Just to be clear, Murnighan is not suggesting that leaders should disappear into their offices. The "Do Nothing" in his book title refers to the everyday running of the business: the accounting, email blasts, routine vendor calls or other back-office operations. If you have hired people to do those jobs, they should have a chance to prove themselves without interference.
The key to being a "do nothing" leader is to do everything when it comes to hiring. If you conduct in-depth interviews and reference checks before bringing in a worker, you can be confident you're bringing in someone who will be a good fit. "Why not trust the people you hire?" Murnighan asks. "Most leaders don't as much as they could. Give them a challenge that's a little more than they anticipate and they'll step up to meet it."
For people with little or no management experience, becoming the head of a company can be overwhelming. What Murnighan hopes his book accomplishes is to show that "leading" does not mean literally showing people how to do their jobs. It means leading a team: focusing on big-picture strategy and morale, rather than day-to-day, routine matters.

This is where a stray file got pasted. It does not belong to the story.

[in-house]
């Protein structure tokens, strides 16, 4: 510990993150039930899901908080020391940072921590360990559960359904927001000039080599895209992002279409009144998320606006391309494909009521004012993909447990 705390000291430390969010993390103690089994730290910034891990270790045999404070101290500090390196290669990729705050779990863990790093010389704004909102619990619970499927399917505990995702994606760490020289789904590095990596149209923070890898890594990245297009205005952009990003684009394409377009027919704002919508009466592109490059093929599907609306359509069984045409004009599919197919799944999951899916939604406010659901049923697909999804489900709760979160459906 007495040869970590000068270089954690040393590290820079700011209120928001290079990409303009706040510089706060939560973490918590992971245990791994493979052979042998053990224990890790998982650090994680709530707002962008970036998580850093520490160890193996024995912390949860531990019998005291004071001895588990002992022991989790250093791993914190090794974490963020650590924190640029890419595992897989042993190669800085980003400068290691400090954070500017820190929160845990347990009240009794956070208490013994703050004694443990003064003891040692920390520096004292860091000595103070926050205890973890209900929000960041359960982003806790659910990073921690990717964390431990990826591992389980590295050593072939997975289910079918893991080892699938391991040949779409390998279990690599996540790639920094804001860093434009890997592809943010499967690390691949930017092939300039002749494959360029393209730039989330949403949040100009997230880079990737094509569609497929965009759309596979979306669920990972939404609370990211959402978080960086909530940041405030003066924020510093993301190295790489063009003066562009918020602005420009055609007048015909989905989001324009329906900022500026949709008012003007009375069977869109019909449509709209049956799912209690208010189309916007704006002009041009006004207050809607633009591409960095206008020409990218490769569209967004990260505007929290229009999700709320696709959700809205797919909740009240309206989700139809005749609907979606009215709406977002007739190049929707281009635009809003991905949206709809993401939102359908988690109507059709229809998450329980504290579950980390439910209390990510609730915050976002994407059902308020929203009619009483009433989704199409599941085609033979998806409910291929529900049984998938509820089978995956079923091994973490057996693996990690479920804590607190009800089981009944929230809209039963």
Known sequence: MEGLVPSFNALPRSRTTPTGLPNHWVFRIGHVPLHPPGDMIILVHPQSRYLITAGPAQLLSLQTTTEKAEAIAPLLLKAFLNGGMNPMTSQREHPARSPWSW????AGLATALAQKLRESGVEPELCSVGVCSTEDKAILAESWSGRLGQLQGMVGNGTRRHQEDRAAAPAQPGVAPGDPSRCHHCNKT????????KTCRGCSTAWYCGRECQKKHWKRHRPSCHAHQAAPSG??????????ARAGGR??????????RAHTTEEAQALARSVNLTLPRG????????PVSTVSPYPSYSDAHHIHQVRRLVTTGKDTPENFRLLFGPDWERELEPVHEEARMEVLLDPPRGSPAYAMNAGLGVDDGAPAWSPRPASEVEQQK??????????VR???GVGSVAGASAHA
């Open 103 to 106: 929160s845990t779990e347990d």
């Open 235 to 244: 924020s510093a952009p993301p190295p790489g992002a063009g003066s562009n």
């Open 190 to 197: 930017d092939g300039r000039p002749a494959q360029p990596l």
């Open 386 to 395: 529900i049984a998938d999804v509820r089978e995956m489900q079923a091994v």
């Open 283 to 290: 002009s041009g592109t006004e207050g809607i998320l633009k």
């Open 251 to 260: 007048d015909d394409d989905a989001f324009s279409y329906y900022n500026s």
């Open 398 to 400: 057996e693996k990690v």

"If you are an entrepreneur with 100 employees and a positive cash flow, what is your most important resource? It's the people you've hired," Murnighan says. "You have to connect to them personally. Employees don't care about what you know if you don't show any interest in them."
And so another essential element of "do nothing" leadership is to make time for walking around and talking. Such socializing may indeed look like nothing -- nothing work-related, anyway -- but it is essential to building a strong, motivated team. Asking a customer-service rep what he or she needs to make their job easier, rather than lecturing them on how you used to handle difficult calls, gives them tools to be successful in their own way.
If you've dreamed of achieving a better work-life balance, Murnighan's book has plenty of examples of how to make that happen. But ultimately, it means acknowledging that you are not as indispensible as you think. And that can be a hard lesson for ambitious entrepreneurs to accept.
When it comes to charting the direction of a company, Murnighan proposes what he calls the leadership law: "Think of the reaction you want, then perform the actions that will get you that reaction." If you really, truly, want to spend less time at work, you can. But you have to be willing to hand over responsibility to others and trust them to do those tasks as well as you would.
If you can do that, you might just earn yourself a European-style vacation -- and still have a successful business to come back to afterward.
Don't make work harder than it needs to be.